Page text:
The Audacity of Coats 

After the swearing-in, the coats are shed and the parties start.

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The presidency of Barack Hussein Obama is only 300 minutes old, but from the voting booths to the National Mall, it has become characterized by long lines. It's Andy Hulcher's job to stop them, at least at the coat check.

More than 40,000 people will storm the Walter E. Washington Convention Center in the nation's capital for six of the 10 balls celebrating the inauguration of Vice President Joe Biden and President Obama. Hulcher's Richmond-based company, YES Events, is in charge of coat-checking for all of them.

Obamamania or not, coat checkery can go seriously wrong. After the inauguration of the first President Bush, the coat-check lines at one ball backed up so much that agitated Republicans stormed the racks and liberated their own coats. It earned the nickname the Bastille Day Coat Check of 1989. Across town, a similiar scene unfolded for Hulcher, who was staffing his first inaugural gig. “The crowd turned into a mob and overturned the table,” he says. “It's one of my nightmares.”

Five days earlier over fried oysters, beef carpaccio, octopus salad and scallop appetizers at Zeus Gallery CafAc on Belmont Avenue, Hulcher shared with his management staff a theory from the other end of the food spectrum. Ray Kroc, the founder of McDonald's, once postulated that if people only have to wait in line three and a half minutes, they're fine. Longer, and they're in trouble.

Men in tuxedos and suits stand by while their dates — in lots of floor-length jewel-toned sheaths — trade their street shoes for spikes, straps and wedges that will further torture their feet after a day of slogging through the streets of Washington.

Meanwhile Hulcher's people, 230 of them in tuxedo shirts and bow ties, wait behind rows of tables. Per Hulcher's instructions, the most attractive workers man the tables while others run the coats down the aisles of racks behind curtains hung over rods. Under no circumstances are employees allowed to touch the tips collecting in wicker baskets. Four guys circulate among the tables to scoop up the bills and manage a cash-counting operation in the back of the VIP room.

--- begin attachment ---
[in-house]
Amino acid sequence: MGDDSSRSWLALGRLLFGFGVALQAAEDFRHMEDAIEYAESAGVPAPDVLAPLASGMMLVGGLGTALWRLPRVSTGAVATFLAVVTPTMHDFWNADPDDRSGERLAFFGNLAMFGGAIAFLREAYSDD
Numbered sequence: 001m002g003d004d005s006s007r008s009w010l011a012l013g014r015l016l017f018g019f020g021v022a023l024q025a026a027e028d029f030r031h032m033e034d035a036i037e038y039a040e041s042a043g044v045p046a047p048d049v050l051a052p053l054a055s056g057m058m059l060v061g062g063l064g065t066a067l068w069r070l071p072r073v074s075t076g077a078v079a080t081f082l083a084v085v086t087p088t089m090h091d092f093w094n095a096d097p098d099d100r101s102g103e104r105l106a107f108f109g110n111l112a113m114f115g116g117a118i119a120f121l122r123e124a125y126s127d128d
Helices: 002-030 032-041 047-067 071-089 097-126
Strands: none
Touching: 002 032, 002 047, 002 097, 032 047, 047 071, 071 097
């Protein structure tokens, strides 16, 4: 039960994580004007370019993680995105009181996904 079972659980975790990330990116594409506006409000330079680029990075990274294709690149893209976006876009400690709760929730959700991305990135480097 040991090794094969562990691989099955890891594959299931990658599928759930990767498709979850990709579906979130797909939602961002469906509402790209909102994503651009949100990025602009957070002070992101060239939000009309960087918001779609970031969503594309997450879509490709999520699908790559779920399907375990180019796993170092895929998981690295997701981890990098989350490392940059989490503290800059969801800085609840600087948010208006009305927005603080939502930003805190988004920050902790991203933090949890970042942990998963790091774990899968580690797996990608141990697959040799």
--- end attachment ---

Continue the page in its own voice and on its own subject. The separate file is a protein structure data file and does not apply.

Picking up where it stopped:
Hulcher's missing a stem from his glasses, which got knocked off on the Metro that morning. So the frames slip around, magnifying his eyes, giving him an owlish look. He spent the morning doing battle with the Secret Service, which kept him locked out for two hours while straightening out his credentials. But that's all passed and Hulcher's team is in the field.

Bastille be damned, Hulcher has drawn checkers and managers from all corners of his life. He hired one while playing in a cribbage tournament in Virginia Beach. He was impressed with how a local bartender, Laura Dunning, multitasked — working the bar and keeping up with his banter. She's now managing one of the six coat check stations.

“I thought he was full of shit at first,” Dunning confesses. She did not vote for Obama, she says, but she's glad to be on board and has brought along her sister and a friend from Roanoke. “It's once in a lifetime,” she says. “It's a historic moment and we're going to be part of it.” Hulcher vows that if no one steals a mink he'll fly himself to a cribbage tournament in Reno next month.

“They're from all walks of life,” Hulcher says of his employees. “This is actually a bad trait, or so people tell me it is — I start off trusting people until they give me a reason not to.”

The evening rolls on and the celebrity sightings begin. Queen Latifah. Oprah and Stedman. On their tour of all 10 balls, the Obamas are secretly ushered in and out of the building without checking their coats.

Hulcher's demeanor is calm but he remains in near constant movement scampering between the six stations, sometimes plunging his hands into the racks to correct ordering errors, observing the first floor from the staircase to make sure the line is moving swiftly.

“If everything goes right, no one cares,” he says. “If it goes wrong, it's front-page news.”

The stakes are high. The CIA has briefed him about mink thieves that can appraise a coat by looking at the stripes. Lisa Dawn, a longtime coat-check collaborator, recalls a disaster a few years back when a coat went missing with a gentleman's rental-car key in the pocket. They had to give the guy cab fare and get a locksmith to open the car so they could drive it out to the hotel in Crystal City.

On Tuesday night Hulcher takes a breather with a salami-and-swiss sandwich and a cigarette in the utility hall behind the VIP room, and the strange reality of the job sets in.

“I'm 50 years old doing coat check for Obama,” he says, reflective.

At the end of the night, the packed balls empty out and some of the lines get long again — but that's OK. It's how you know Obama was here. S


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